Innovative financing options are now available for those interested in purchasing solar, making solar installation in the home simpler and more affordable.
Industry U.S solar giants have come up with a novel way to expand the market for solar by selling the systems within a financed package of sorts, avoiding huge upfront payments whilst positioning the package as another way of purchasing electricity in a cost-effective way.
Essentially, the consumer pays for the solar system exactly as they pay for electricity from the grid, which would be a charge per kilowatt-hour utilised. America has already somewhat established such a system for selling solar, however it is fairly new within Australia.
Both AGL and Origin Energy are advocating such financial models in order to establish their presence within the solar market. Such models may work in reverse though, where solar giants use it to build presence within the market in order to rival power utilities at a direct level.
SunEdison and SunPower’s plan to cut utility bills
In order to rival Australian utilities at such a level, solar businesses must become full-on-service power retailers. Nonetheless, they must still represent an honest and useful alternative to their clients who are purchasing solar systems upfront while receiving the rest of their power from somewhere else. As such they will need to grow the suite of equipment provided to the consumer beyond just solar into a system that can completely terminate gas bills.
SunEdison, a U.S based solar supplier who offers paying for solar per kWh seems like a perfect player to execute such a great feat. They have just ventured within the Australian market by acquiring Energy Matters Group, who are Australia’s leading wholesalers and retailers of solar power systems and associated equipment.
SunPower seems like another great candidate for the job, as they are the world’s biggest manufacturers of high performance panels. During 2013 the company bought a 40% stake in local Diamond Energy in order to set up a model regarding their global business initiatives to service the energy needs of power consumers wholly.
Even though much hasn’t been heard since the buy over regarding Sunpower/Diamond it’s naturally assumed that they are working hard to launch their own fully serviced solar power offering. SunEdison may have a strong foot within the Australian market, but they are still playing catch-up to SunPower who have purchased a power retailer already.
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Another player to shake up the energy market within Australia could be Click Energy, a small market share business who has a solid focus of solar clientele while delivering a great brand would be an awesome acquisition target as well.
SunEdison may build onto their client sales and supply by offering leased renewable rooftops within a retail supplier contract. There is of course just one issue standing in the way of SunEdison and co, which would be that purchasing a solar system relatively simple while ownership proposition allows it to be added onto your electricity bill at the end of the day.
A lot of homes may have access to the $3000-$7000 needed to purchase a solar system through low interest financing options, while one of the big up sells of leasing is the systems performance can be monitored, although such practices may just be the default setting thanks to a change within the Australian standards introduced from July 1st.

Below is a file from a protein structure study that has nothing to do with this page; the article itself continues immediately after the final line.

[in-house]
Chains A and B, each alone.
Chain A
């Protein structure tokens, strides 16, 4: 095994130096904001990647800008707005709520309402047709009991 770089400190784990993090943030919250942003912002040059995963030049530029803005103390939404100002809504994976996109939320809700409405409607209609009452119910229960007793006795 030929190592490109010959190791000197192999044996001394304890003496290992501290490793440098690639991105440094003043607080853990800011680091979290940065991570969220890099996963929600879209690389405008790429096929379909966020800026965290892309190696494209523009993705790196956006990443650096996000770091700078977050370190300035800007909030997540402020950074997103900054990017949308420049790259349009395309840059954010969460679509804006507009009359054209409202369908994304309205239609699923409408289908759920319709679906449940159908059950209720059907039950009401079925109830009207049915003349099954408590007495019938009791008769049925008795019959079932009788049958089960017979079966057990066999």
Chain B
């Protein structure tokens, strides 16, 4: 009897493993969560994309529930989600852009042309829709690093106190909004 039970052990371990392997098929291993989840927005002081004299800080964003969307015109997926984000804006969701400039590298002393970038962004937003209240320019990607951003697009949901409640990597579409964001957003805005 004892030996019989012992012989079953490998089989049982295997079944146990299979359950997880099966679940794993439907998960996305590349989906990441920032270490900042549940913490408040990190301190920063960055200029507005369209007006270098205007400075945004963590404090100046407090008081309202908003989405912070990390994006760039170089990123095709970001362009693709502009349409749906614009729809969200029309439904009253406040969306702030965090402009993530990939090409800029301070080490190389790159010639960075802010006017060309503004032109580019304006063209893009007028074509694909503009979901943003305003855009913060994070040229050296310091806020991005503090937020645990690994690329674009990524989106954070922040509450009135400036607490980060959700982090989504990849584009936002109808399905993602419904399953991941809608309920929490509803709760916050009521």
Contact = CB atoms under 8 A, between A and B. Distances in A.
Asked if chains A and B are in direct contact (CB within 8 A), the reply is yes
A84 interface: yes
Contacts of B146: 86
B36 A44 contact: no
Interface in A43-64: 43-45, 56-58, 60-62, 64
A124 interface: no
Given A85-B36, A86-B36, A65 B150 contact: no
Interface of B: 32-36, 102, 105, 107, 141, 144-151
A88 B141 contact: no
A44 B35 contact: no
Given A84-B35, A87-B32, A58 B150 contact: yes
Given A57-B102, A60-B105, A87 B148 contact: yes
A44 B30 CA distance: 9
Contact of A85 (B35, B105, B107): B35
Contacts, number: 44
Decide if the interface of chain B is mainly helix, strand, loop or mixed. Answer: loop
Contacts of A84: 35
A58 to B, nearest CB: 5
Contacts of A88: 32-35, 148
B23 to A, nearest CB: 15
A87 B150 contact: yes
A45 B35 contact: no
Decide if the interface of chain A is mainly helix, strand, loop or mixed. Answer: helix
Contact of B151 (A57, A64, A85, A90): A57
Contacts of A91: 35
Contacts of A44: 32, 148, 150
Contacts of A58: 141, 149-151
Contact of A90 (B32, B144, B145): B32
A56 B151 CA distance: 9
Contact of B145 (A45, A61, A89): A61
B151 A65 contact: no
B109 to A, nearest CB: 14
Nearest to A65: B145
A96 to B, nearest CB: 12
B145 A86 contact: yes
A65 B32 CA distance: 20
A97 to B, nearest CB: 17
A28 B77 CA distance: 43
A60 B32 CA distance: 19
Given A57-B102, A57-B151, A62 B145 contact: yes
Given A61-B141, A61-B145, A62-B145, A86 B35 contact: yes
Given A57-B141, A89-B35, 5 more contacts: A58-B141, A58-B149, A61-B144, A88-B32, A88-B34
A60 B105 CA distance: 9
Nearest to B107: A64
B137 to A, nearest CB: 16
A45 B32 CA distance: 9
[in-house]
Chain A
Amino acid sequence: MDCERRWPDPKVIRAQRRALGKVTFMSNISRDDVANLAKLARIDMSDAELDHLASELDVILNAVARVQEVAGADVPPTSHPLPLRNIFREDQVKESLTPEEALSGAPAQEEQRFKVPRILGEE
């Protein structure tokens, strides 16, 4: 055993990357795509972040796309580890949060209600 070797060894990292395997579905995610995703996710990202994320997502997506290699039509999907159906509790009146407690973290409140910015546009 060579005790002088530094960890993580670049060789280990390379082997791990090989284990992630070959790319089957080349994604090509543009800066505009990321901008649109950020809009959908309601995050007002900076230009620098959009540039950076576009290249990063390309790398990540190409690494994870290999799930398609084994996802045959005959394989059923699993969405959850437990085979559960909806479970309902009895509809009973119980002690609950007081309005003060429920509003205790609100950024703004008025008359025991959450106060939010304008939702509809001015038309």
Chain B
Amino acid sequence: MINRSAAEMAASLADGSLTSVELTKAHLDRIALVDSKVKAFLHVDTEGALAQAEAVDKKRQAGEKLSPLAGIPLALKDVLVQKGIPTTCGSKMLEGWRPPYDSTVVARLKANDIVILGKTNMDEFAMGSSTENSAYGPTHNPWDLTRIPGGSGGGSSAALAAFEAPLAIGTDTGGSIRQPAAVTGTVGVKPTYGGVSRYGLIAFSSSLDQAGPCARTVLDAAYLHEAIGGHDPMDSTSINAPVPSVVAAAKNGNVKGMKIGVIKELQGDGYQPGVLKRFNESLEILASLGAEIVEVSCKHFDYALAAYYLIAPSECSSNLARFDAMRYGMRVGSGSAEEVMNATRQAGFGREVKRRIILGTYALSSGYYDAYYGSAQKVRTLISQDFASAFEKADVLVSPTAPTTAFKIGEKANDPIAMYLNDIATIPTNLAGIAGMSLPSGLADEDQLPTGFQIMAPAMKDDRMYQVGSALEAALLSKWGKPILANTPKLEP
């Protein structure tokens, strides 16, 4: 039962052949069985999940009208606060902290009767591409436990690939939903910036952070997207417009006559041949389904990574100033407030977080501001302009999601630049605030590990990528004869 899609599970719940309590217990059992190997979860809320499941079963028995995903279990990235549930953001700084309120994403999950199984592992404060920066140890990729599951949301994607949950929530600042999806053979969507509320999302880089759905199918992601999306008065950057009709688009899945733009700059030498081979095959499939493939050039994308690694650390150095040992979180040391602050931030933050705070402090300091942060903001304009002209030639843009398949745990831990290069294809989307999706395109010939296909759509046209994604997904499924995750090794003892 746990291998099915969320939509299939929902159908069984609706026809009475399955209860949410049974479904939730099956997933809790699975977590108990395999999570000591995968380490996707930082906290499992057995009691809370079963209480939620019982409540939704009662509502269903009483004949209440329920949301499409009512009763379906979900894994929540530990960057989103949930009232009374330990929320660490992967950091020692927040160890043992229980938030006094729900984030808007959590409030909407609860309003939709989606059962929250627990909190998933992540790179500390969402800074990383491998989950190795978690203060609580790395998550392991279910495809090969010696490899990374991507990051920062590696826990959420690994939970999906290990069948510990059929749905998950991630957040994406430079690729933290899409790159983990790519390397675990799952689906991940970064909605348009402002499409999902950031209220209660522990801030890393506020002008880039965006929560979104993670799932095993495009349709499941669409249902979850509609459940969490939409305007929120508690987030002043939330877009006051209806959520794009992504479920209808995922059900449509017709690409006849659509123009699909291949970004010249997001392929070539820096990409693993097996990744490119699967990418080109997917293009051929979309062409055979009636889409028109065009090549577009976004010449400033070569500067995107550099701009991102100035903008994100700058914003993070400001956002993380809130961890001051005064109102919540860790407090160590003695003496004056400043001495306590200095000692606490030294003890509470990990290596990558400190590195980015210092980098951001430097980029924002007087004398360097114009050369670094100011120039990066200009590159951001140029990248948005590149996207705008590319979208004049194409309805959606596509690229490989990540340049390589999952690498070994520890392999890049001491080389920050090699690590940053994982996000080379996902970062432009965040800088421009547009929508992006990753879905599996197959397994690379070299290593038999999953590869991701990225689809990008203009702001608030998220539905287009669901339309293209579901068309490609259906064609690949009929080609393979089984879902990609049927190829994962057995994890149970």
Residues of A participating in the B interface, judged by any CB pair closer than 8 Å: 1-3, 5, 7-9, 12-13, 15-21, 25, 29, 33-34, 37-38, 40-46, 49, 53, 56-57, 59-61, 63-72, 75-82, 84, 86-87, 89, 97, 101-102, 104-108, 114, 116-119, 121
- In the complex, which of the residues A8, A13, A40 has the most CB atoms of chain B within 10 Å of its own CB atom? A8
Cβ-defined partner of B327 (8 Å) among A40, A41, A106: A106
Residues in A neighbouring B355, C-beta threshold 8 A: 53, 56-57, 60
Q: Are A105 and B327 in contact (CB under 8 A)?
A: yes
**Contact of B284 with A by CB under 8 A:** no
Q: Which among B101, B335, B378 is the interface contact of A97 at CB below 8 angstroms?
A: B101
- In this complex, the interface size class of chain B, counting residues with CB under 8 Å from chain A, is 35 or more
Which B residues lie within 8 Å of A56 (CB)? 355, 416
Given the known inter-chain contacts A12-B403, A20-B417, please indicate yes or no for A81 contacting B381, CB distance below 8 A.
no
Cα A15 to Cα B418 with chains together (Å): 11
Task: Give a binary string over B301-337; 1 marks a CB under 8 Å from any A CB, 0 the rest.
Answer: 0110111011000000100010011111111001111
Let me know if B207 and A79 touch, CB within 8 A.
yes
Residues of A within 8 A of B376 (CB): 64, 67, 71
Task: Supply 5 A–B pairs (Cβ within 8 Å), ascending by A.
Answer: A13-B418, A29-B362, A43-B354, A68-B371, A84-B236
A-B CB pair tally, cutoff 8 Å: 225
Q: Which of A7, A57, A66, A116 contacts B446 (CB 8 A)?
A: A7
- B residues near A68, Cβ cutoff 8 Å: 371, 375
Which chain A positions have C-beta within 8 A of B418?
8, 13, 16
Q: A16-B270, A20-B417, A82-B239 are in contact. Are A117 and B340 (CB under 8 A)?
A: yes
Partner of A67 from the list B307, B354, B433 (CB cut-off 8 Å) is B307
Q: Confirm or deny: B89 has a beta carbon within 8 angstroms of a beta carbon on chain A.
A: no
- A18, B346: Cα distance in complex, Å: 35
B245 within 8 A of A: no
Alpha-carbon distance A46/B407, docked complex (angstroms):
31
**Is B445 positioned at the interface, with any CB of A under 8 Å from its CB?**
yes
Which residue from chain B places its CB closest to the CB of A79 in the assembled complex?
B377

Fully serviced solar power system a very attractive option
Let’s say that SunEdison does purchase a fully developed energy services business which would allow their clients to not only cut down their electricity bill but also destroy their gas one. Then the adding on of equipment onto a power bill finance package is much, much more attractive than before.
Being able to tear up a gas bill while at the same time reducing an electricity one needs high performance heaters and air-conditioners, hot water heat-pumps and induction stove-tops. Together with solar PV installations the hurdle of financing options regarding such an investment will be huge, around $25, 000-$40, 000.
In such an instance SunEdison and co will be really aiding a consumer while building their energy services model by offering to take up their whole energy service, which would replace the need for gas and other energy eating devices with cost effective ones instead.
If the consumer is getting together finance of around $3, 000-$7, 000 when buying a solar system, then it’s not all that profitable at the end of the day. Such instances will only get worse over time as the price of solar components drops, subsidies are reduced and all electricians, not just the CEC accredited ones, become installers.
Prices may be sky high right now because of the labour restrictions, which come with the expensive and tiresome CEC accreditation process reducing the amount of electricians who are able to install solar.
If a company manages to upsell a client to the $30, 000-$40, 000 range, then there is major room for better margins to develop as well as a sterling reputation which will come naturally due to in-depth sales and support services offered to each client.
At the end of the day if company’s such as SunEdison wish to lay a solid foundation within the Australian residential marker regarding the power purchase options then their full services model is the only viable option that will be a success. The race is now on between SunEdison and SunPower as to who will announce their offering first.